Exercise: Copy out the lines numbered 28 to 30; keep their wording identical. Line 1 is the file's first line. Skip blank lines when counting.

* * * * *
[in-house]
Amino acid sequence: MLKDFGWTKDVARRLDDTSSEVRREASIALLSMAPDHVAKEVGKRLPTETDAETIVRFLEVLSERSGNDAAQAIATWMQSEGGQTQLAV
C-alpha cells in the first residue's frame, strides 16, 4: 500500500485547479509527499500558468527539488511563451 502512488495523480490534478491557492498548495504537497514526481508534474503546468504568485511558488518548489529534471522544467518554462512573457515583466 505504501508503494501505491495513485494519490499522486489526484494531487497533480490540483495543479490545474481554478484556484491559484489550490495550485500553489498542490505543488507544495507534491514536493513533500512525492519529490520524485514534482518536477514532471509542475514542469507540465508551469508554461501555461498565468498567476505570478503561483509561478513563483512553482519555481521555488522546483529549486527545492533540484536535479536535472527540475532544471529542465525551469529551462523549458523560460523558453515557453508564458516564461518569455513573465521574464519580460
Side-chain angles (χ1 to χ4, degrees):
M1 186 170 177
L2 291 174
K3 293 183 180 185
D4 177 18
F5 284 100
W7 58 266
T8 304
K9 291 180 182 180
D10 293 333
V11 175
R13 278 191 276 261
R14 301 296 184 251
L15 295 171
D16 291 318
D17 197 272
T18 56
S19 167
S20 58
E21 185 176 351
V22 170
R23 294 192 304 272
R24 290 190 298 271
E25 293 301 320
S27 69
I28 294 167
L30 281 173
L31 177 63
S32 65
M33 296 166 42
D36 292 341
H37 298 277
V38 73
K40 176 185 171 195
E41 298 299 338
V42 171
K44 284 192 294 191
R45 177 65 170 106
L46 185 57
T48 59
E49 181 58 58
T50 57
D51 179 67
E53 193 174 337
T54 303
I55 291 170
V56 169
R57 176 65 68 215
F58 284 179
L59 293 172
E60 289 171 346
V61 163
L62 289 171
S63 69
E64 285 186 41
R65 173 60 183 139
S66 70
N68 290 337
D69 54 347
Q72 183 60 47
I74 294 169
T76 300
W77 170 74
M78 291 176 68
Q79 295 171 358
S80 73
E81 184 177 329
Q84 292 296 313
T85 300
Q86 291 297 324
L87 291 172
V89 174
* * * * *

S27 69
I28 294 167
L30 281 173